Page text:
On October 22, 2004, an off-duty D.C. detective, Barbara Rauf, rear-ended Steven Tulin’s $120,000 Porsche. Rauf claimed that the accident was the result of road rage on the part of Tulin, whom she claimed had been slamming on his breaks repeatedly in front of her. Both Tulin and Rauf were swearing at each other during the incident.
Another officer who arrived at the scene arrested Tulin after Rauf suggested that Tulin had committed a criminal offense when in fact he had not. A supervisor on the scene also supported the arrest. Rauf was actually at fault because she was following Tulin too closely, but Tulin was deemed liable by the officers on the scene. He was jailed for about 14 hours.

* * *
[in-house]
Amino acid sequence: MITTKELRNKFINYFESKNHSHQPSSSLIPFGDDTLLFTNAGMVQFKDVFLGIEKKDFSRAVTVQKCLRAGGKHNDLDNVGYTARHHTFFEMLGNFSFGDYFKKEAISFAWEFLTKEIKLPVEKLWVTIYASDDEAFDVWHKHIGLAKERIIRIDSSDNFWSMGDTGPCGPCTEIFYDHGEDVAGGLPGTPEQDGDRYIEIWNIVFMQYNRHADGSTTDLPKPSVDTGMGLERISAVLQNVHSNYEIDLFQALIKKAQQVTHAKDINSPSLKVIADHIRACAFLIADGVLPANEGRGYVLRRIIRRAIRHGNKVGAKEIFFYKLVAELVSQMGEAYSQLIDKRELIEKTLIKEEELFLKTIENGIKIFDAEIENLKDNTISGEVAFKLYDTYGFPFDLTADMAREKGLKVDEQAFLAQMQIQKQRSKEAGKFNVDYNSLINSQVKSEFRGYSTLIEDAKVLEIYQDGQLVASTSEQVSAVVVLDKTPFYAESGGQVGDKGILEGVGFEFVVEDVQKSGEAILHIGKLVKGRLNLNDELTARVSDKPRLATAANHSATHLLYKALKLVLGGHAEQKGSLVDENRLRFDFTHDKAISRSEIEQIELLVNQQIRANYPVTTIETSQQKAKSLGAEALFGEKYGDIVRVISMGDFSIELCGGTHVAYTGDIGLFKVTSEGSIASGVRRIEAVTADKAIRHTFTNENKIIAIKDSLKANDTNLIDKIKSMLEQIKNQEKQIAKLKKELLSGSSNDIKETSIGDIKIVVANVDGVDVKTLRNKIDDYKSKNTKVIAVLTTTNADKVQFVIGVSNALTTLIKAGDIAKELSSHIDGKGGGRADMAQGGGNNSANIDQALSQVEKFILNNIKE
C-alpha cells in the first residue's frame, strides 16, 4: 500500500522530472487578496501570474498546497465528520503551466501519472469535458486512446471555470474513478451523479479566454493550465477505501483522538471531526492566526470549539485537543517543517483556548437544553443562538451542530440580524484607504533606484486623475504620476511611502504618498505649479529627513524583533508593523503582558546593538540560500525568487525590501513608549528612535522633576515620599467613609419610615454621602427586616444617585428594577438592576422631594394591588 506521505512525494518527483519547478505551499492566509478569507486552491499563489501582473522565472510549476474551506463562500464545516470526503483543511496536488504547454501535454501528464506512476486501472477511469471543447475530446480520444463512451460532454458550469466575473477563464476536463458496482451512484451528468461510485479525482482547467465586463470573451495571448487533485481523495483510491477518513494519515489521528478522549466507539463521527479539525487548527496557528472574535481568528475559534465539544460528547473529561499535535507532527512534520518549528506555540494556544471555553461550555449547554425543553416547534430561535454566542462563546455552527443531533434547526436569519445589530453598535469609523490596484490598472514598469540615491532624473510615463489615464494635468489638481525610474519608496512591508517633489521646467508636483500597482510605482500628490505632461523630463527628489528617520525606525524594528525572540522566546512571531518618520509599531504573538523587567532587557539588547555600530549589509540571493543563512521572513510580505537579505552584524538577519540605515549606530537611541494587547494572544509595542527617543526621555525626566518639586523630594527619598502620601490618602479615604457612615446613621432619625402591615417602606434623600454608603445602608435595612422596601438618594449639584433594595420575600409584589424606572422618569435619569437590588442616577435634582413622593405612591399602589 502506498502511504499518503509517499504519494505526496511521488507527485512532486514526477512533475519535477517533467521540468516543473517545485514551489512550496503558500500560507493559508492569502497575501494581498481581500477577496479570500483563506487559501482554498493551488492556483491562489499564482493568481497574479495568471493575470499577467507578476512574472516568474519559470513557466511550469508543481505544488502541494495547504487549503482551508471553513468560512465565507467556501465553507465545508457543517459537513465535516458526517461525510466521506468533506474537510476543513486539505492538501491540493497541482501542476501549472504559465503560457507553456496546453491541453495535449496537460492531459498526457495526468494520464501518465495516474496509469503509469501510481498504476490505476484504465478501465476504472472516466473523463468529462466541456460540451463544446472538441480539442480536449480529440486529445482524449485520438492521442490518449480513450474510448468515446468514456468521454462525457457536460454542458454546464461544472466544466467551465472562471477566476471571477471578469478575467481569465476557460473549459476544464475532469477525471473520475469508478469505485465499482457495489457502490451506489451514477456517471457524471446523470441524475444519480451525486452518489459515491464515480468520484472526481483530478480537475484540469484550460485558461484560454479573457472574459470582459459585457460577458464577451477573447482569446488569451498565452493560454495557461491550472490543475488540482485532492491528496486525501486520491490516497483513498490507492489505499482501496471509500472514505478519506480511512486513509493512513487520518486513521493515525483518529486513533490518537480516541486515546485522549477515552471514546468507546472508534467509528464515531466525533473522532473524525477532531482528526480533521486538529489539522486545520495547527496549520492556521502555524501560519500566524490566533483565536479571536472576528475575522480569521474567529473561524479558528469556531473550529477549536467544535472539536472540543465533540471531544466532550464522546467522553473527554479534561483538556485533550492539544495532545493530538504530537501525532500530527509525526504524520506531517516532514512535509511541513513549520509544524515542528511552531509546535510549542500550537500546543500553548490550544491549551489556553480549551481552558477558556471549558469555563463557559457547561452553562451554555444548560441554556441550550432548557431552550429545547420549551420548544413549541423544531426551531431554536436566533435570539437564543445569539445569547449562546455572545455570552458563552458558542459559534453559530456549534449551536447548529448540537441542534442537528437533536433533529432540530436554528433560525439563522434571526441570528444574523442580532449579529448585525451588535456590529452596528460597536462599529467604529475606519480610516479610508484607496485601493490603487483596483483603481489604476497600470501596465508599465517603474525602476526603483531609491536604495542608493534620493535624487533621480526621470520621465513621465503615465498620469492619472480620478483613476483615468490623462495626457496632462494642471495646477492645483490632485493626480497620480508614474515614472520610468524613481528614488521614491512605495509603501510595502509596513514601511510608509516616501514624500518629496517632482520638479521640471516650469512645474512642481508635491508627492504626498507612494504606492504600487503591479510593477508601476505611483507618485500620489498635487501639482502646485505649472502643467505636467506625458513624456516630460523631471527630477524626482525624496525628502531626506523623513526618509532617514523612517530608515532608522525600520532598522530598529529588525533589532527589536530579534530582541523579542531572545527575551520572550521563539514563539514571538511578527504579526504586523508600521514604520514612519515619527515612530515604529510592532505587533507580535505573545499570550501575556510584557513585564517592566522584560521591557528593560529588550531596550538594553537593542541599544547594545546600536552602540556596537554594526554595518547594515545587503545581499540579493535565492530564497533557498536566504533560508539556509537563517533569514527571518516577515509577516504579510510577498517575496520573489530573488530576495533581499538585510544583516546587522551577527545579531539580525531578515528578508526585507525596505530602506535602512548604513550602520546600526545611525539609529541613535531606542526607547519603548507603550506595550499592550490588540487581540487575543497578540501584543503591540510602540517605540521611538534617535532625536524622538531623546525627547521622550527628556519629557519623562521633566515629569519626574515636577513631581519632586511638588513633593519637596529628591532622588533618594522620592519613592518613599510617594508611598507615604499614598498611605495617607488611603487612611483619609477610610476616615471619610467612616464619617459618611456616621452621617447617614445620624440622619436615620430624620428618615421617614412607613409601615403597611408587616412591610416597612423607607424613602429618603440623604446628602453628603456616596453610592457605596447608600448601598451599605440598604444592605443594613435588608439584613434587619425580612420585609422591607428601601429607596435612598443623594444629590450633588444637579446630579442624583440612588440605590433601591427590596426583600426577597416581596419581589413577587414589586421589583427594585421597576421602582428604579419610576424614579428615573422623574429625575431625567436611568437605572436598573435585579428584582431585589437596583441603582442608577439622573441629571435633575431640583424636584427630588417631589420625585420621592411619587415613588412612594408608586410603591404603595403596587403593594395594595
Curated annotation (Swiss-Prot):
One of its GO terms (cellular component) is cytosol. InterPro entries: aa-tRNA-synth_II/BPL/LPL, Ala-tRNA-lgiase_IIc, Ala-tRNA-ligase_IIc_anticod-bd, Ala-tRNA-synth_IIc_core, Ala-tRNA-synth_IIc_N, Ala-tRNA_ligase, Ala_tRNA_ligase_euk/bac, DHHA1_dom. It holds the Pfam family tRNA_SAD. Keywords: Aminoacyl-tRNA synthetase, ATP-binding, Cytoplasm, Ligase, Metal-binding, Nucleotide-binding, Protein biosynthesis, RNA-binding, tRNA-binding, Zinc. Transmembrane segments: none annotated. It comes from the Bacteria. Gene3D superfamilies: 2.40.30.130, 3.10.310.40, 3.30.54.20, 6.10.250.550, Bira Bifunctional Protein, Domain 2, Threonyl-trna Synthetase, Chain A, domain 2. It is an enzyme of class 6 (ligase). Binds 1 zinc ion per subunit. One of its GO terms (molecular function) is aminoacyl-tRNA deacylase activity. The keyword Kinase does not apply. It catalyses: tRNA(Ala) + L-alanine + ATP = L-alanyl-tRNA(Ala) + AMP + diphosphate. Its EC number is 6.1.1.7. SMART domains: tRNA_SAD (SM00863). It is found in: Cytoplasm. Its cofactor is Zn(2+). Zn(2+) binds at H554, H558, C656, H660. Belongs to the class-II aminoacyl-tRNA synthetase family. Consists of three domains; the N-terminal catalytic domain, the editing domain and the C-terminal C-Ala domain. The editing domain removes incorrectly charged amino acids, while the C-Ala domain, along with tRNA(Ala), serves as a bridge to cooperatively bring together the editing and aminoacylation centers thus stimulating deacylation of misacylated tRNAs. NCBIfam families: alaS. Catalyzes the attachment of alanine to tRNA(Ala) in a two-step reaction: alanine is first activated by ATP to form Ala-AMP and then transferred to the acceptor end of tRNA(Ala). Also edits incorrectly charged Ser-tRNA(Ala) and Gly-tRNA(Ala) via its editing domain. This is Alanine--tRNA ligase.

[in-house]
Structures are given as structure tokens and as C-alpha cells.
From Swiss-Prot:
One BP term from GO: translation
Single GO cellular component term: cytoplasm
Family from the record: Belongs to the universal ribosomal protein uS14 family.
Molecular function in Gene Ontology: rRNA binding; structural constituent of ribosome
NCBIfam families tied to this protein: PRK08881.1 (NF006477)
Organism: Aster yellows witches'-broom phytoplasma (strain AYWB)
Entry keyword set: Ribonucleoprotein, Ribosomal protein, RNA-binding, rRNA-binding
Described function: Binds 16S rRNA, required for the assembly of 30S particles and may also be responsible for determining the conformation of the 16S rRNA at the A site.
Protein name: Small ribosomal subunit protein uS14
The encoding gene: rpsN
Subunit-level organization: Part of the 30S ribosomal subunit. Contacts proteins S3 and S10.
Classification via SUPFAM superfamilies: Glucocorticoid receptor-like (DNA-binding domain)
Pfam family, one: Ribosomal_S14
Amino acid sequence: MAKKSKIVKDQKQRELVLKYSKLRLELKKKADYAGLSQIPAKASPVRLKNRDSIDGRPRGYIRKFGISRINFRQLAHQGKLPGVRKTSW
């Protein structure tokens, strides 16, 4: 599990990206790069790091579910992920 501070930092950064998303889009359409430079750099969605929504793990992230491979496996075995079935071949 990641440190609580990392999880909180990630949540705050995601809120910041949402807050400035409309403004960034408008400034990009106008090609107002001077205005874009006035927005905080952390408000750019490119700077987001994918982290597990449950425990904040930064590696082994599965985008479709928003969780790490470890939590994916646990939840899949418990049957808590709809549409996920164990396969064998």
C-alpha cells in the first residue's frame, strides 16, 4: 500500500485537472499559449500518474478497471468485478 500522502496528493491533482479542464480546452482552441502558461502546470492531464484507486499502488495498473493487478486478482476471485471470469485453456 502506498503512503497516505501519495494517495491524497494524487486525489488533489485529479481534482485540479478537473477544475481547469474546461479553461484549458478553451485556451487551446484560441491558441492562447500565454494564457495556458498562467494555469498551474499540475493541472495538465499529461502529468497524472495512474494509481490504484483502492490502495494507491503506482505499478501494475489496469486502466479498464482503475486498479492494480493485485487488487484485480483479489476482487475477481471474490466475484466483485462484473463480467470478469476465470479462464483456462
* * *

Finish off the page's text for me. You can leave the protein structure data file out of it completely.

Tulin was later acquitted of the charges and brought suit alleging intentional infliction of emotional distress and negligent supervision of the arresting officer by the District. The jury found in favor of Tulin on both issues, awarding him $450,000. The D.C. Court of Appeals affirmed the verdict, as it was not inconsistent with the evidence. See: District of Columbia v. Tulin, 994 A.2d 788 (D.C. 2010).
As a digital subscriber to Prison Legal News, you can access full text and downloads for this and other premium content.
Already a subscriber? Login
Related legal case
District of Columbia v. Tulin
|Cite||994 A.2d 788 (D.C. 2010)|
|Level||State Court of Appeals|